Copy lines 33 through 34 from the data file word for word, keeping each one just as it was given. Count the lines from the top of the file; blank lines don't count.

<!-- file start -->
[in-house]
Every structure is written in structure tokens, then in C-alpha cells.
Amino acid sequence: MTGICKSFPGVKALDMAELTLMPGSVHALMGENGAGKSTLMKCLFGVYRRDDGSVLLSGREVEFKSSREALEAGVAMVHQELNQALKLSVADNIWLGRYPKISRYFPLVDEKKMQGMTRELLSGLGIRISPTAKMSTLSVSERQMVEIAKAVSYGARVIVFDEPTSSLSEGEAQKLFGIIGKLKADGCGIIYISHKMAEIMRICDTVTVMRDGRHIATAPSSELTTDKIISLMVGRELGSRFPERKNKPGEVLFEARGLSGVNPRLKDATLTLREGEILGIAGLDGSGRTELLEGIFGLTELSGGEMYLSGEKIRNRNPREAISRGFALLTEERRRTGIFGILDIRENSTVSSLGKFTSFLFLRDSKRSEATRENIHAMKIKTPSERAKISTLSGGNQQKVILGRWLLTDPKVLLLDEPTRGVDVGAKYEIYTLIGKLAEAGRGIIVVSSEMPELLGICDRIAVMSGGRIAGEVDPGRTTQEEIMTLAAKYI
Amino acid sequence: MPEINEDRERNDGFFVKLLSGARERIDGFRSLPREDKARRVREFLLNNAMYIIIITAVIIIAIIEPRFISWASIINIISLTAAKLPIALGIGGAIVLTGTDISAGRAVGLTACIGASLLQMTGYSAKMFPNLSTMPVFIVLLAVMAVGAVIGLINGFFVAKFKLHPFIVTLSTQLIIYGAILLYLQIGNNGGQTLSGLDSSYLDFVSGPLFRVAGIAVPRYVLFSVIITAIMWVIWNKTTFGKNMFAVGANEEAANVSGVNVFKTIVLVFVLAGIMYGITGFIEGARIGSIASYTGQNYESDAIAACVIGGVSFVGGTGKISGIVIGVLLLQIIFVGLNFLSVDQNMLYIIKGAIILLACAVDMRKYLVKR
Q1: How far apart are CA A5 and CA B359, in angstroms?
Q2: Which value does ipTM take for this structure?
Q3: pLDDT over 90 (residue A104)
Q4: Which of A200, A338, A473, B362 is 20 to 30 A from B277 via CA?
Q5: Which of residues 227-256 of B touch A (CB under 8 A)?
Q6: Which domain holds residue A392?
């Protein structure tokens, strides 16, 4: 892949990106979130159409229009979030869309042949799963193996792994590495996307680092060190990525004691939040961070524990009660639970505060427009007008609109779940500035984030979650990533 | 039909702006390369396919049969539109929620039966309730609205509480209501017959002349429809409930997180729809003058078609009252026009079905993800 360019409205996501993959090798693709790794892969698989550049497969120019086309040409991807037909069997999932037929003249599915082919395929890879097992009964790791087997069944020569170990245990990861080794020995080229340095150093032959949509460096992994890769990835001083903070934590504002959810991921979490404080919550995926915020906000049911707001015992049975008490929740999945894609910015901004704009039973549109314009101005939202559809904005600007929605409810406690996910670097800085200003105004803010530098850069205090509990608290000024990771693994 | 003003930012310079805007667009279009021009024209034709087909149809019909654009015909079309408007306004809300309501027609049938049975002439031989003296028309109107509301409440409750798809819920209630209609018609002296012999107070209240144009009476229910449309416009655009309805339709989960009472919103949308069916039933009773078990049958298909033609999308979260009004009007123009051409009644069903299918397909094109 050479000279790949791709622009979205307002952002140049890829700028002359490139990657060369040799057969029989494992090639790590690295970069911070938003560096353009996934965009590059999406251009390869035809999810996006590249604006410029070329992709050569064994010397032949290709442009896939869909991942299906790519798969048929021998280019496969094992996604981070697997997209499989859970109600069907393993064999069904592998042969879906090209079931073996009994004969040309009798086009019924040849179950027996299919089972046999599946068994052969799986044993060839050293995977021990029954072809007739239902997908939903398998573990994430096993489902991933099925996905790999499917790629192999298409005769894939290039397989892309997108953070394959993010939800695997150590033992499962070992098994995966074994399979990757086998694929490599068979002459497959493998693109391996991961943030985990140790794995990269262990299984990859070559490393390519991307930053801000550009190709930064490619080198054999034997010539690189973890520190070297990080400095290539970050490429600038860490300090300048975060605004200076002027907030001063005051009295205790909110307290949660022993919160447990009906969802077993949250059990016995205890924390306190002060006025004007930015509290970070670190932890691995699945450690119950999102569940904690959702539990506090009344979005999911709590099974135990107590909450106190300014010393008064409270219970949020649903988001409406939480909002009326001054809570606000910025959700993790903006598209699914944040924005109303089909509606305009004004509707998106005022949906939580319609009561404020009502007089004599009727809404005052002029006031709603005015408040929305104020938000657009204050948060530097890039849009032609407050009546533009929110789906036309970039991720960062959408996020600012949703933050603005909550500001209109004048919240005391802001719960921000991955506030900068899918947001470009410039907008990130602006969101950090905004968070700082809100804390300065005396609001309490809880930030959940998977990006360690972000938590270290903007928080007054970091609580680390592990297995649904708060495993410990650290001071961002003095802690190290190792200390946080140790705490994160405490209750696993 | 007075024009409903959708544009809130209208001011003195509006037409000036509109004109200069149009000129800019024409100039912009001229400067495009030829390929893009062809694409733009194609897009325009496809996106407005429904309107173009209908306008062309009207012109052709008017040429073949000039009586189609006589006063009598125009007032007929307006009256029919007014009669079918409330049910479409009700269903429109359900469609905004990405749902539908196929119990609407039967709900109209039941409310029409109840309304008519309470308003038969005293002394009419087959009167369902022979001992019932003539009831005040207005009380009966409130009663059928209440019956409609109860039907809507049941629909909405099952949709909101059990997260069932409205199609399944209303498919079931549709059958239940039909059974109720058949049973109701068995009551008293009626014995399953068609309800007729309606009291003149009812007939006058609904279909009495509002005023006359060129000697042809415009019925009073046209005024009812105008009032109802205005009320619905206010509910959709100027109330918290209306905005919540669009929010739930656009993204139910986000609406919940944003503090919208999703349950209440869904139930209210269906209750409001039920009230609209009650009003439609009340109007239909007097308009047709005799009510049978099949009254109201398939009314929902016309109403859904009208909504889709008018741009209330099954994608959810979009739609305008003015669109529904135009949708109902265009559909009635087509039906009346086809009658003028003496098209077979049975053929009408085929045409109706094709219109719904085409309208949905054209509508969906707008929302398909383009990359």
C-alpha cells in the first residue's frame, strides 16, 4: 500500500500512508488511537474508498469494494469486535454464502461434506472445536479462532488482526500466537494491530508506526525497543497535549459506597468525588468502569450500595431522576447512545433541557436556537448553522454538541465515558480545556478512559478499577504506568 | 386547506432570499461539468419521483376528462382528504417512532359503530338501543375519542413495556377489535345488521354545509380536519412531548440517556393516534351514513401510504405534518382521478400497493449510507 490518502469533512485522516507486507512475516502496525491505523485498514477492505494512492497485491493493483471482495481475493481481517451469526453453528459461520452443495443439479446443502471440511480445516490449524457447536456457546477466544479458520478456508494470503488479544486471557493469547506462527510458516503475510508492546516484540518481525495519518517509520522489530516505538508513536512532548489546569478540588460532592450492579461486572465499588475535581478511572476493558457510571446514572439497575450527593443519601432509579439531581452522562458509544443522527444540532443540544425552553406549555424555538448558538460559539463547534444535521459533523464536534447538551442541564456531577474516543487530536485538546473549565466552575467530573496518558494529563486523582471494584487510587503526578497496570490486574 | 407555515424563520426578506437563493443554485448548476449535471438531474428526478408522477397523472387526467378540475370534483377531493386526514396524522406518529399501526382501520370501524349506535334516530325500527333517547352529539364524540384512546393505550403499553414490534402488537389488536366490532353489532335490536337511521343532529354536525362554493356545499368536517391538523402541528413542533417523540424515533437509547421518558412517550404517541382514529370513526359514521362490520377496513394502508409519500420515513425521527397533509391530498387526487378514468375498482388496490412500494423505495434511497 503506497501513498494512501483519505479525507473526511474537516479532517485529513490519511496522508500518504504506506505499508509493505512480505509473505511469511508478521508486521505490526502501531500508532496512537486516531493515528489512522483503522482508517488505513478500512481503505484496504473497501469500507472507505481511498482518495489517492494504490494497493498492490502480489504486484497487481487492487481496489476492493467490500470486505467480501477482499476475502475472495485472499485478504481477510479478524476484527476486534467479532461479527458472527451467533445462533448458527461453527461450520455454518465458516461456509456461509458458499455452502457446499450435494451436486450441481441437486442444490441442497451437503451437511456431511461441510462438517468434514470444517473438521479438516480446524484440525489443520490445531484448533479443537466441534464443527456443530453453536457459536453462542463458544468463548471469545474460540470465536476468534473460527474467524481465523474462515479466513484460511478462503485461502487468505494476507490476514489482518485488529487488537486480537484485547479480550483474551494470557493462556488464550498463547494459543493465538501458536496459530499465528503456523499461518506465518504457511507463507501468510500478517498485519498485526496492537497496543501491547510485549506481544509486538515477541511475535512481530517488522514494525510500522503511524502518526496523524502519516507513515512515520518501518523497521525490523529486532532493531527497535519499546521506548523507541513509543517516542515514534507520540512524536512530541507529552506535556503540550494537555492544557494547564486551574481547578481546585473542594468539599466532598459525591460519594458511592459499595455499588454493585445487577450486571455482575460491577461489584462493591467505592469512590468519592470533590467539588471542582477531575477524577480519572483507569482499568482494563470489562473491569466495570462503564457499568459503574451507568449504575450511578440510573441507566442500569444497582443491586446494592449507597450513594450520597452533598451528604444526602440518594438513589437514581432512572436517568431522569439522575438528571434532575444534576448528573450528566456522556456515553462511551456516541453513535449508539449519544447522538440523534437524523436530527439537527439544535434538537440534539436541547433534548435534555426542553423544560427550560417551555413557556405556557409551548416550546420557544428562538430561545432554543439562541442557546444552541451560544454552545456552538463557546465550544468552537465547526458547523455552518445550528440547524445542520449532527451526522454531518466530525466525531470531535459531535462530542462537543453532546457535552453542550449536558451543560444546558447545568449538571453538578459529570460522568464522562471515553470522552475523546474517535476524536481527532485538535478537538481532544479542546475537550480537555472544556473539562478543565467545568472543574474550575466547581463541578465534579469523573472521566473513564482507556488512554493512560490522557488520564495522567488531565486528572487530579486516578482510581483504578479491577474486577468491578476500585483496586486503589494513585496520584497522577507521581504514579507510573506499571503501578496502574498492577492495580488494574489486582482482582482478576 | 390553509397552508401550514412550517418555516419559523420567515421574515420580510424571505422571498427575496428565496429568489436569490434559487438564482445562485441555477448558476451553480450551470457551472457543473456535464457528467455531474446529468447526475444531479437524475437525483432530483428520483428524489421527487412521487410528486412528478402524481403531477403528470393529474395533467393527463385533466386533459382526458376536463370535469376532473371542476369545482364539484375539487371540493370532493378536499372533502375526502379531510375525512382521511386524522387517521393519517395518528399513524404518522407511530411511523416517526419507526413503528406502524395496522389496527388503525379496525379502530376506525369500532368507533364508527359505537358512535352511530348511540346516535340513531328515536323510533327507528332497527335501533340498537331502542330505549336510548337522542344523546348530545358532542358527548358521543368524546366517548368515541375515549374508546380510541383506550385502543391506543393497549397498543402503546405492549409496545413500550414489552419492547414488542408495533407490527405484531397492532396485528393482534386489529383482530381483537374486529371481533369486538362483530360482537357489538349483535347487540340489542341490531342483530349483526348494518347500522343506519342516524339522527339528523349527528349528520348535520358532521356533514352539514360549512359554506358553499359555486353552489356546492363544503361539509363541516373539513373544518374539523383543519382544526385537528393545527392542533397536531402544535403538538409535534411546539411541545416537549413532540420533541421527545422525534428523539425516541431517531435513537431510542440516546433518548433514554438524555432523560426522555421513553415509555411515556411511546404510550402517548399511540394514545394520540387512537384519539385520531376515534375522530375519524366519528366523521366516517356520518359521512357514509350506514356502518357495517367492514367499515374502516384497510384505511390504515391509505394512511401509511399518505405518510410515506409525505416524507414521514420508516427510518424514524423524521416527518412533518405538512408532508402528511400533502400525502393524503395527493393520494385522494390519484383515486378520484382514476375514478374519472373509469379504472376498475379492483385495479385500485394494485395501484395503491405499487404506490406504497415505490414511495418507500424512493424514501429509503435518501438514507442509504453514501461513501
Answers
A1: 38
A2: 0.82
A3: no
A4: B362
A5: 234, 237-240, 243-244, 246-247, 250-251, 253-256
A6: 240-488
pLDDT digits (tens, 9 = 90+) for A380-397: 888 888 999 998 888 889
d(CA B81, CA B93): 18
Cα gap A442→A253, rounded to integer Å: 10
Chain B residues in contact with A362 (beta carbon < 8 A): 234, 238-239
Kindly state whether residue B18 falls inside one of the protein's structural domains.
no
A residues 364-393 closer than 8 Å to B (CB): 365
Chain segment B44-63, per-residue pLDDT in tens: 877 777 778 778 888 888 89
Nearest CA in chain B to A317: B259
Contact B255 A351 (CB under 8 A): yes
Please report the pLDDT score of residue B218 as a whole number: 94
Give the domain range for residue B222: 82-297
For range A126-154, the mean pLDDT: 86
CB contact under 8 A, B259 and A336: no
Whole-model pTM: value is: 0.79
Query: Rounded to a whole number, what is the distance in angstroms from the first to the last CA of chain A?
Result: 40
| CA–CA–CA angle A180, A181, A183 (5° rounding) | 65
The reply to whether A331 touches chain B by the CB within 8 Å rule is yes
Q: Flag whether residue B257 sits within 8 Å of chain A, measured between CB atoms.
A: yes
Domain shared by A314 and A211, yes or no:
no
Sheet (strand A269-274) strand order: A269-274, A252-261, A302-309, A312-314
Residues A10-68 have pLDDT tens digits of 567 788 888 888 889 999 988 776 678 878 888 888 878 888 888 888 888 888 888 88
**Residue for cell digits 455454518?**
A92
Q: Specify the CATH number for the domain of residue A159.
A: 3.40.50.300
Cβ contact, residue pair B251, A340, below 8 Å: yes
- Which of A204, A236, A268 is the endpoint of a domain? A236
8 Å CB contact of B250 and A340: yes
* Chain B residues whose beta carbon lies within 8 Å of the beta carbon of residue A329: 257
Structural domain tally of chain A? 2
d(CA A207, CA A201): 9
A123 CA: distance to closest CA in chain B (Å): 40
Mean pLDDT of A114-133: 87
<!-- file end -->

CB contact under 8 A, B259 and A336: no
Whole-model pTM: value is: 0.79